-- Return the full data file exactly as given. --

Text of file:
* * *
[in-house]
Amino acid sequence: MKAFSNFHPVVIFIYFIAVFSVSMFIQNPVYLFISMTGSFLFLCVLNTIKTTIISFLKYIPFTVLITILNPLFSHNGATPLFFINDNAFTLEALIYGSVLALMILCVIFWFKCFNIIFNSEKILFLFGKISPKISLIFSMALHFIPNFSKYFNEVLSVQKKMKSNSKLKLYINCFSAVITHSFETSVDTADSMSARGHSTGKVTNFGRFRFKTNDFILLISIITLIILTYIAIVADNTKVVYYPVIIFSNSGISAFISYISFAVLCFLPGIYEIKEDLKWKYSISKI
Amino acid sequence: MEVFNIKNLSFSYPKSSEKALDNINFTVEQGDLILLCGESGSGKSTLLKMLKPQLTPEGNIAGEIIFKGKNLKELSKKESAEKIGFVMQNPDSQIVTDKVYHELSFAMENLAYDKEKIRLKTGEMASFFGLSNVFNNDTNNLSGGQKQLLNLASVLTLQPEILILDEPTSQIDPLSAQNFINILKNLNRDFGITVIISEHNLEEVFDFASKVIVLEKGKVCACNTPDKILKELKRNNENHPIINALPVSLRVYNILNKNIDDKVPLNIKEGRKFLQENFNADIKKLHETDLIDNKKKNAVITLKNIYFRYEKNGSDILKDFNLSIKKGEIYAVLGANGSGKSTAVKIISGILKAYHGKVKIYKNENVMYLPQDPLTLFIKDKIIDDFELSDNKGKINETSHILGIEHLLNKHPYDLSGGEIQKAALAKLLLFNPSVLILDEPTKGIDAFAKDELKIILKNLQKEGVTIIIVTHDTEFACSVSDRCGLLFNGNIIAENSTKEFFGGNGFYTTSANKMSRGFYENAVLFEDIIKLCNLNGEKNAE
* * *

[in-house]
Amino acid sequence: MKAFSNFHPVVIFIYFIAVFSVSMFIQNPVYLFISMTGSFLFLCVLNTIKTTIISFLKYIPFTVLITILNPLFSHNGATPLFFINDNAFTLEALIYGSVLALMILCVIFWFKCFNIIFNSEKILFLFGKISPKISLIFSMALHFIPNFSKYFNEVLSVQKKMKSNSKLKLYINCFSAVITHSFETSVDTADSMSARGHSTGKVTNFGRFRFKTNDFILLISIITLIILTYIAIVADNTKVVYYPVIIFSNSGISAFISYISFAVLCFLPGIYEIKEDLKWKYSISKI
Amino acid sequence: MEVFNIKNLSFSYPKSSEKALDNINFTVEQGDLILLCGESGSGKSTLLKMLKPQLTPEGNIAGEIIFKGKNLKELSKKESAEKIGFVMQNPDSQIVTDKVYHELSFAMENLAYDKEKIRLKTGEMASFFGLSNVFNNDTNNLSGGQKQLLNLASVLTLQPEILILDEPTSQIDPLSAQNFINILKNLNRDFGITVIISEHNLEEVFDFASKVIVLEKGKVCACNTPDKILKELKRNNENHPIINALPVSLRVYNILNKNIDDKVPLNIKEGRKFLQENFNADIKKLHETDLIDNKKKNAVITLKNIYFRYEKNGSDILKDFNLSIKKGEIYAVLGANGSGKSTAVKIISGILKAYHGKVKIYKNENVMYLPQDPLTLFIKDKIIDDFELSDNKGKINETSHILGIEHLLNKHPYDLSGGEIQKAALAKLLLFNPSVLILDEPTKGIDAFAKDELKIILKNLQKEGVTIIIVTHDTEFACSVSDRCGLLFNGNIIAENSTKEFFGGNGFYTTSANKMSRGFYENAVLFEDIIKLCNLNGEKNAE